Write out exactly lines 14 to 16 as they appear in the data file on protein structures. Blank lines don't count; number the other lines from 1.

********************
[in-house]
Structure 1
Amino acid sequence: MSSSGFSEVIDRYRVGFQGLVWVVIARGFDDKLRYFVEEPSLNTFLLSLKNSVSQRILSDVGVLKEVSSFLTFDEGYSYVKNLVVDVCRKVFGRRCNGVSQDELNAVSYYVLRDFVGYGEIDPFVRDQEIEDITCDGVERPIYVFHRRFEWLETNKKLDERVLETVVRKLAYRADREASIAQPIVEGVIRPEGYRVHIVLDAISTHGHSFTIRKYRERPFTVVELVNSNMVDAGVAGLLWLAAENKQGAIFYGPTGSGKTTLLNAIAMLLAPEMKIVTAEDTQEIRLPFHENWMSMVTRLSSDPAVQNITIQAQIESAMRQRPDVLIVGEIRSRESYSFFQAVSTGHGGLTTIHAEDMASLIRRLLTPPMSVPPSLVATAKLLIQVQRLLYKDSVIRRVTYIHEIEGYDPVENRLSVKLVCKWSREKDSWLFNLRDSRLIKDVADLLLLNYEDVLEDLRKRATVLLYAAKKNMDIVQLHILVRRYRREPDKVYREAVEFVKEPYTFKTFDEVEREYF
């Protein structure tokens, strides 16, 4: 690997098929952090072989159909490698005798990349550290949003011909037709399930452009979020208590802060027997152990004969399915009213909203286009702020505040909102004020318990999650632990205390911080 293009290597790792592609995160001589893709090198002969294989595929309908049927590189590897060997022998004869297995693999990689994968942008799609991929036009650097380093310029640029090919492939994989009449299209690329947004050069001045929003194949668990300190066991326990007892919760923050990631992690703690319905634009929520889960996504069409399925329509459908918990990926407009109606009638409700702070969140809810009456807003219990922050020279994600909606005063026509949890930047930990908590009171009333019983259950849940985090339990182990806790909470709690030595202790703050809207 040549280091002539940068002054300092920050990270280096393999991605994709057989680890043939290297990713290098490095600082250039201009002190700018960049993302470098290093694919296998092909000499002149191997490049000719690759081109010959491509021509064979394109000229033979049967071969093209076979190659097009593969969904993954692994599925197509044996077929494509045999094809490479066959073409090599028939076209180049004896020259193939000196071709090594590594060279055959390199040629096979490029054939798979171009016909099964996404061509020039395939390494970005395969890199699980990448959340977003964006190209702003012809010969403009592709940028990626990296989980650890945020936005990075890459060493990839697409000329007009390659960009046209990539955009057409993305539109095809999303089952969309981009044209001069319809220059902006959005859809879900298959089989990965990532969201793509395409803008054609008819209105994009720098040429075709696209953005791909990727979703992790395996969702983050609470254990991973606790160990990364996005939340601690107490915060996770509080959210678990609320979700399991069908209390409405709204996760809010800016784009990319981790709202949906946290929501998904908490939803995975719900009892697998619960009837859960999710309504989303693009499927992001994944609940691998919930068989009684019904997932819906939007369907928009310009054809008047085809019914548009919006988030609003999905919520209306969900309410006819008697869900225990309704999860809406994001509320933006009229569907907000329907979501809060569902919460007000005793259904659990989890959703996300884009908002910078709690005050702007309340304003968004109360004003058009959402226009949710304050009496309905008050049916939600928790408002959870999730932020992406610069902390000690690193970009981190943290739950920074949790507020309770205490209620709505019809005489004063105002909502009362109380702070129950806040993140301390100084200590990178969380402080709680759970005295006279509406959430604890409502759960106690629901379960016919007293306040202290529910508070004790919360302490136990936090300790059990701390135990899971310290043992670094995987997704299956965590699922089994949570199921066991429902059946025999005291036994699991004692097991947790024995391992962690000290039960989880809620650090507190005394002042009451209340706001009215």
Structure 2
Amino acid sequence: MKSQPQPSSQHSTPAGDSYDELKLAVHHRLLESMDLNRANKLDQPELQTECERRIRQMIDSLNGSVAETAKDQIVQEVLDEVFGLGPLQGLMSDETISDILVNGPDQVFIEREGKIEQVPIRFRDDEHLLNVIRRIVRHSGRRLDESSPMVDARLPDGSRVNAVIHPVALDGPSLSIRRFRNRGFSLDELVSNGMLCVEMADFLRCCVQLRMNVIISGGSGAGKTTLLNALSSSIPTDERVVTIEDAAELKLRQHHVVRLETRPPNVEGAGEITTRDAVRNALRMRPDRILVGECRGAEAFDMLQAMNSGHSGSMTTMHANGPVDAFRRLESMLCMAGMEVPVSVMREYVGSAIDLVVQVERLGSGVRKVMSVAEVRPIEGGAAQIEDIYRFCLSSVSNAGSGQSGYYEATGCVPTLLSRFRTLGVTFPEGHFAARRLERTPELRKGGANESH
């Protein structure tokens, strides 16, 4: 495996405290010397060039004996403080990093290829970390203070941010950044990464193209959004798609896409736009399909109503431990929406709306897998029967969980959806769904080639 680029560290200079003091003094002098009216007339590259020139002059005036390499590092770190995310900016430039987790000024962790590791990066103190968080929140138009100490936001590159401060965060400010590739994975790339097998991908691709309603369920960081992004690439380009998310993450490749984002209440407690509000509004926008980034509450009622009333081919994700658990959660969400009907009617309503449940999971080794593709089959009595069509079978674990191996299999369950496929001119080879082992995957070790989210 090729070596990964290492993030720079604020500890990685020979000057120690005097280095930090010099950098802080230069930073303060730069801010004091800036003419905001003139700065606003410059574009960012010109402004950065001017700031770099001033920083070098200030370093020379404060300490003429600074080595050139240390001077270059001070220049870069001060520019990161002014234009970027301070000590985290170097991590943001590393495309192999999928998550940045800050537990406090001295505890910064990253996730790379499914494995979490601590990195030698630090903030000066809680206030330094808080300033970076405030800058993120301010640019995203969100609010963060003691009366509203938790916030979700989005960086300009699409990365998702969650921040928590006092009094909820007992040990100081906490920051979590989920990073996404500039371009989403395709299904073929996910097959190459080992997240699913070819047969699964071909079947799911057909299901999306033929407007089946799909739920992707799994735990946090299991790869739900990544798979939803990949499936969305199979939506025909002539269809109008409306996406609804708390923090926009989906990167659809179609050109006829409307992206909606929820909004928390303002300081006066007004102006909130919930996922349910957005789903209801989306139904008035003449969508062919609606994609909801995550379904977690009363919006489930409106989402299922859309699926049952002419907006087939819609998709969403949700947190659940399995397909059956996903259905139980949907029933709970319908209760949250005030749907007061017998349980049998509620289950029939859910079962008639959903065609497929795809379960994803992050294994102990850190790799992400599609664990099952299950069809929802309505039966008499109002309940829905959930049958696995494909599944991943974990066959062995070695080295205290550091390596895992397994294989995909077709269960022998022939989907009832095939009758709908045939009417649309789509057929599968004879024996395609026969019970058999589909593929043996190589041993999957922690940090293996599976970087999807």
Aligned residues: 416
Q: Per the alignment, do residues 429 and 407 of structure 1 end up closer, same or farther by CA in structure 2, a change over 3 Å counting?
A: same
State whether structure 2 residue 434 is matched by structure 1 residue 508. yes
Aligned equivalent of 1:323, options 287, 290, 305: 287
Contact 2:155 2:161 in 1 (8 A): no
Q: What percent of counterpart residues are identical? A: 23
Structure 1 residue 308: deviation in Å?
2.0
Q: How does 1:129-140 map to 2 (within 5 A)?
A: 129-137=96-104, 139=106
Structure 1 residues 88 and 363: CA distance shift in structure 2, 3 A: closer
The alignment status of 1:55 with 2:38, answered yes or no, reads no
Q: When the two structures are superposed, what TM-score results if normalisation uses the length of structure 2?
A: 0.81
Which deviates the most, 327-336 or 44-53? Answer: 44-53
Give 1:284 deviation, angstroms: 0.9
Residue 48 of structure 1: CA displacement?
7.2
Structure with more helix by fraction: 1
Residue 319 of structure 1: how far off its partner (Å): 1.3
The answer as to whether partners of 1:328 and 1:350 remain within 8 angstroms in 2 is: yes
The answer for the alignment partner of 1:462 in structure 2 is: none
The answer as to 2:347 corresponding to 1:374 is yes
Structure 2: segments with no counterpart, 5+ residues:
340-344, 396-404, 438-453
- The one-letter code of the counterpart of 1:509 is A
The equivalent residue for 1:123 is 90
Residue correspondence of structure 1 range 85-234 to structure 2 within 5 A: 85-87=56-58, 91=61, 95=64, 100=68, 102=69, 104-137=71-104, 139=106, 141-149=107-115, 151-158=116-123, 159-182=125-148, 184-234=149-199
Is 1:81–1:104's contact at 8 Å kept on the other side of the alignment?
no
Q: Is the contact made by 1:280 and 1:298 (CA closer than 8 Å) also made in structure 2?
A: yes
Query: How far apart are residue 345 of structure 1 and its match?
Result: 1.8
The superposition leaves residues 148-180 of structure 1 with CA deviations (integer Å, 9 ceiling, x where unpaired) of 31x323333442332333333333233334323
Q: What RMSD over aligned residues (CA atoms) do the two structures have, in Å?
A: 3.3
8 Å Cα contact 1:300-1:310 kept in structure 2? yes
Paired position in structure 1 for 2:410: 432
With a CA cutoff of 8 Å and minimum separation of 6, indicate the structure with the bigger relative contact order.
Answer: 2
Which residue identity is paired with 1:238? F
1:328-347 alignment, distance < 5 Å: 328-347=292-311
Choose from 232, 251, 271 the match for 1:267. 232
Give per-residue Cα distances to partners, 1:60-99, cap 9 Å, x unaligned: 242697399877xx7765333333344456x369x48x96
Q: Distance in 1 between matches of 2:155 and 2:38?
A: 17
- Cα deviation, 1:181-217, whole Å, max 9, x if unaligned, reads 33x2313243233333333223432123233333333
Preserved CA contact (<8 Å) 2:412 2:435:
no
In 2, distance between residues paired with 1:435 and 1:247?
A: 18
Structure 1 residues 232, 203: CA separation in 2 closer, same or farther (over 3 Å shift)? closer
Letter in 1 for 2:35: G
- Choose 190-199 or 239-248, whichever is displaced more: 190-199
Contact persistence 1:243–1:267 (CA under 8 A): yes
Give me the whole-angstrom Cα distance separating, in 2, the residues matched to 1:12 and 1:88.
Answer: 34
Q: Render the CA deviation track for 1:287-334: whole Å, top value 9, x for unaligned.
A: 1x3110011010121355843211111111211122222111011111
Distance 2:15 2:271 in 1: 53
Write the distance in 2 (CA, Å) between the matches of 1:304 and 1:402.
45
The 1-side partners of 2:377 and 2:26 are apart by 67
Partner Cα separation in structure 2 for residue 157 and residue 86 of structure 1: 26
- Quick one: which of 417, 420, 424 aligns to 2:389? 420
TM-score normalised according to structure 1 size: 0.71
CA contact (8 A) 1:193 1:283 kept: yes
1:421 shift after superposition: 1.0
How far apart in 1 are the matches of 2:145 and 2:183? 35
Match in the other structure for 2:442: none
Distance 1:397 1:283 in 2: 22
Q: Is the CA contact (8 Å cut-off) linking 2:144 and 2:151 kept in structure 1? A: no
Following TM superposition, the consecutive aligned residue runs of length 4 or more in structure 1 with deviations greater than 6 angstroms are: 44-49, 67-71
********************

Q: What percent of counterpart residues are identical? A: 23
Structure 1 residue 308: deviation in Å?
2.0